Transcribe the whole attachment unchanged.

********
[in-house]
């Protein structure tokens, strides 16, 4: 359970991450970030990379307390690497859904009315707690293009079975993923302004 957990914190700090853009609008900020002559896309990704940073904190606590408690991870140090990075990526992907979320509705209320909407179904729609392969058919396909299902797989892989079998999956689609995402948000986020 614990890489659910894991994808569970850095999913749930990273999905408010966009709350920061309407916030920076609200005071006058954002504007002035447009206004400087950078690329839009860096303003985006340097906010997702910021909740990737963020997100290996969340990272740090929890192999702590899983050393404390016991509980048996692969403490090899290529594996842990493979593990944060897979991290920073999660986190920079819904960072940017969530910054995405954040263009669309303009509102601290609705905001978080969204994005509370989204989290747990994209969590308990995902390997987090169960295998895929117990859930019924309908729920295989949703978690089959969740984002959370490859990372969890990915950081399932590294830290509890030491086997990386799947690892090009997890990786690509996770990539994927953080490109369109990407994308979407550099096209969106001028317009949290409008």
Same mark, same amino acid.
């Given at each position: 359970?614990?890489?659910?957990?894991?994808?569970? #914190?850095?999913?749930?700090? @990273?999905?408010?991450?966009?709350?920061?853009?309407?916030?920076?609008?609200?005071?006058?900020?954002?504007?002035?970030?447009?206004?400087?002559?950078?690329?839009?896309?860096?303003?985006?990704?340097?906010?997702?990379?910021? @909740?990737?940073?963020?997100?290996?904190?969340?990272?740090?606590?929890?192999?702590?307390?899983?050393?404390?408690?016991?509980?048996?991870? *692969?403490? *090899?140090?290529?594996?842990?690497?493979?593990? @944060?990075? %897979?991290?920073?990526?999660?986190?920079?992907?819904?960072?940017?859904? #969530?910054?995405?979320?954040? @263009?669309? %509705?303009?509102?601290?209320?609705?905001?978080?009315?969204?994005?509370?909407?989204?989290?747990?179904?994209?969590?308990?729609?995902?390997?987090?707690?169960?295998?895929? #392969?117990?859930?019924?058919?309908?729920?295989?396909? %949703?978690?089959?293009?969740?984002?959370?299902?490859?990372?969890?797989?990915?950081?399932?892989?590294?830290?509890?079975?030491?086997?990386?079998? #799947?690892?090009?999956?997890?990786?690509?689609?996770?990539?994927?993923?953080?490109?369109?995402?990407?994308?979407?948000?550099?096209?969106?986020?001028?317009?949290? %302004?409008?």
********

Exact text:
[in-house]
């Protein structure tokens, strides 16, 4: 359970991450970030990379307390690497859904009315707690293009079975993923302004 957990914190700090853009609008900020002559896309990704940073904190606590408690991870140090990075990526992907979320509705209320909407179904729609392969058919396909299902797989892989079998999956689609995402948000986020 614990890489659910894991994808569970850095999913749930990273999905408010966009709350920061309407916030920076609200005071006058954002504007002035447009206004400087950078690329839009860096303003985006340097906010997702910021909740990737963020997100290996969340990272740090929890192999702590899983050393404390016991509980048996692969403490090899290529594996842990493979593990944060897979991290920073999660986190920079819904960072940017969530910054995405954040263009669309303009509102601290609705905001978080969204994005509370989204989290747990994209969590308990995902390997987090169960295998895929117990859930019924309908729920295989949703978690089959969740984002959370490859990372969890990915950081399932590294830290509890030491086997990386799947690892090009997890990786690509996770990539994927953080490109369109990407994308979407550099096209969106001028317009949290409008």
Same mark, same amino acid.
């Given at each position: 359970?614990?890489?659910?957990?894991?994808?569970? #914190?850095?999913?749930?700090? @990273?999905?408010?991450?966009?709350?920061?853009?309407?916030?920076?609008?609200?005071?006058?900020?954002?504007?002035?970030?447009?206004?400087?002559?950078?690329?839009?896309?860096?303003?985006?990704?340097?906010?997702?990379?910021? @909740?990737?940073?963020?997100?290996?904190?969340?990272?740090?606590?929890?192999?702590?307390?899983?050393?404390?408690?016991?509980?048996?991870? *692969?403490? *090899?140090?290529?594996?842990?690497?493979?593990? @944060?990075? %897979?991290?920073?990526?999660?986190?920079?992907?819904?960072?940017?859904? #969530?910054?995405?979320?954040? @263009?669309? %509705?303009?509102?601290?209320?609705?905001?978080?009315?969204?994005?509370?909407?989204?989290?747990?179904?994209?969590?308990?729609?995902?390997?987090?707690?169960?295998?895929? #392969?117990?859930?019924?058919?309908?729920?295989?396909? %949703?978690?089959?293009?969740?984002?959370?299902?490859?990372?969890?797989?990915?950081?399932?892989?590294?830290?509890?079975?030491?086997?990386?079998? #799947?690892?090009?999956?997890?990786?690509?689609?996770?990539?994927?993923?953080?490109?369109?995402?990407?994308?979407?948000?550099?096209?969106?986020?001028?317009?949290? %302004?409008?």